It seems that Japan’s embargo on South Korean goods is hurting Japan as well. In protest of the trade restrictions Japan put in place recently, South Korean citizens are hitting back through their “Boycott Japan” movement. Recent reports of Korea Customs Service (KCS) show that the biggest losers are Japan’s car and beer industries.
The boycott has also greatly affected Japan’s beer industry. This fact is reflected in the steep drop in the import of Japanese-made beer products. According to KCS’s report, South Koreans imported 52.2 % less Japanese beer between July and August. This decline translates to a $3.55 million lost revenue for Japan’s beer producers. The presence of local breweries also made recovery difficult for Japanese beer makers.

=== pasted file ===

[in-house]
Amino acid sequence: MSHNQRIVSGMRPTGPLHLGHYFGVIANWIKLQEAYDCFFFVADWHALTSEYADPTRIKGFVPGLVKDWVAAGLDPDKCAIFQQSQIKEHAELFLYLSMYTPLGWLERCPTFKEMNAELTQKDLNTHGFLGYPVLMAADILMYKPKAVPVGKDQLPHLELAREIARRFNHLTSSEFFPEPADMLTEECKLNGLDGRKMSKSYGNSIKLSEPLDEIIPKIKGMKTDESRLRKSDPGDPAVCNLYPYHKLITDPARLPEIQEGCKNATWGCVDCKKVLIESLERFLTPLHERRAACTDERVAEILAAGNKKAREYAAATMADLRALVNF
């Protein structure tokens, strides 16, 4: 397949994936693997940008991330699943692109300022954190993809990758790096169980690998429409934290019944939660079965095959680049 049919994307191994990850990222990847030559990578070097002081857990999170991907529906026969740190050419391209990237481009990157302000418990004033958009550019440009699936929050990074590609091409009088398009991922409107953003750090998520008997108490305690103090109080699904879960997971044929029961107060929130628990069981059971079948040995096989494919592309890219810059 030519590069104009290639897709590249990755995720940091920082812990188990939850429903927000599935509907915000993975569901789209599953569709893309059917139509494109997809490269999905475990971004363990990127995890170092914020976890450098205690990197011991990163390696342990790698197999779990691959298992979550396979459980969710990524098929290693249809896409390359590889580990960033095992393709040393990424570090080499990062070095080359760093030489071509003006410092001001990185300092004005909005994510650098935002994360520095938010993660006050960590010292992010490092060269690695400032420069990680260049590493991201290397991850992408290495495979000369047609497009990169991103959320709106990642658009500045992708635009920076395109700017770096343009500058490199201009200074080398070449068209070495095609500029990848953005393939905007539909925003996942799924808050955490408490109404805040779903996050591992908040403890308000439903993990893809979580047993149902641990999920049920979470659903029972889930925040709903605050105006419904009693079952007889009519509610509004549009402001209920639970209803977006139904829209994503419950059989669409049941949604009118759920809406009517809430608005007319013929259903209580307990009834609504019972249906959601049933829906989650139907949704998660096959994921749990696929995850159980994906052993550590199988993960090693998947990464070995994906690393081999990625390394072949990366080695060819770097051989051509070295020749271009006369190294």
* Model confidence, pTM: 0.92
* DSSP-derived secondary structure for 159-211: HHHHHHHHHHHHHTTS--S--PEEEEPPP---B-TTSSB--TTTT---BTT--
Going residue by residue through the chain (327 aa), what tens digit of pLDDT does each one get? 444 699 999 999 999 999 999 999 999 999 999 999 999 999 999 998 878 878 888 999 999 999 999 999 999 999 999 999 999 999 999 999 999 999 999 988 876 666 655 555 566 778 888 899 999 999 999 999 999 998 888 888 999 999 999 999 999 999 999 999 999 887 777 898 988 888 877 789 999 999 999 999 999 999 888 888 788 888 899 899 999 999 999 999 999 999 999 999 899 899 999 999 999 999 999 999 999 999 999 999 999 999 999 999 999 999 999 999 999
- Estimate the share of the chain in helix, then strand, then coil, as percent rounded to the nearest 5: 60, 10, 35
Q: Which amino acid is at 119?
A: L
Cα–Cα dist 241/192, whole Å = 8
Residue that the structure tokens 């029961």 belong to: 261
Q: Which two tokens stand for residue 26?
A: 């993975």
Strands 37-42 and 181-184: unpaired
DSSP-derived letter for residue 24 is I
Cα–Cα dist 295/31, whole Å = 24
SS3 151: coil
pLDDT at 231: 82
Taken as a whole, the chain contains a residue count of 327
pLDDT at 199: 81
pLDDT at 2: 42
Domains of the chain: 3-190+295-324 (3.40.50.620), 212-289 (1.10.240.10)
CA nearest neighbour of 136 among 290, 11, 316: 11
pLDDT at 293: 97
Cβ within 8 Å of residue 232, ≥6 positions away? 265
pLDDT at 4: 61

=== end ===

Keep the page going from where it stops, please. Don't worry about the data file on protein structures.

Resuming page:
Japan’s car industry has no less suffered the same fate with their beer industry. Korea’s importation of Japanese cars also dropped by 17.2% or $13.65 million for the month of July compared to June.
Some big league car manufacturers that reportedly suffer include Toyota Motors and Honda whose sales dropped 38% and 43%, respectively. Nissan’s sales also dropped by 30% in July for the UAT testing. Car makers, however, say that there are other factors that may have affected by other
“The boycott appears to have resulted in decreased purchase of Japanese imports,” a KCS official said during a press conference. “The figures are preliminary, and the exact data will come out in mid-August.”
Japan’s series of trade restrictions on South Korea began when the latter demanded Japanese firms to compensate the victims of Japan’s war crimes during the World War II. These restrictions included the ban on exports of materials for highly-advances devices to Korea. Another notable restriction was Japan’s removal of Korea from their list of trusted partners. The last policy resulted to South Korean manufacturers having difficulties dealing with their Japanese partners.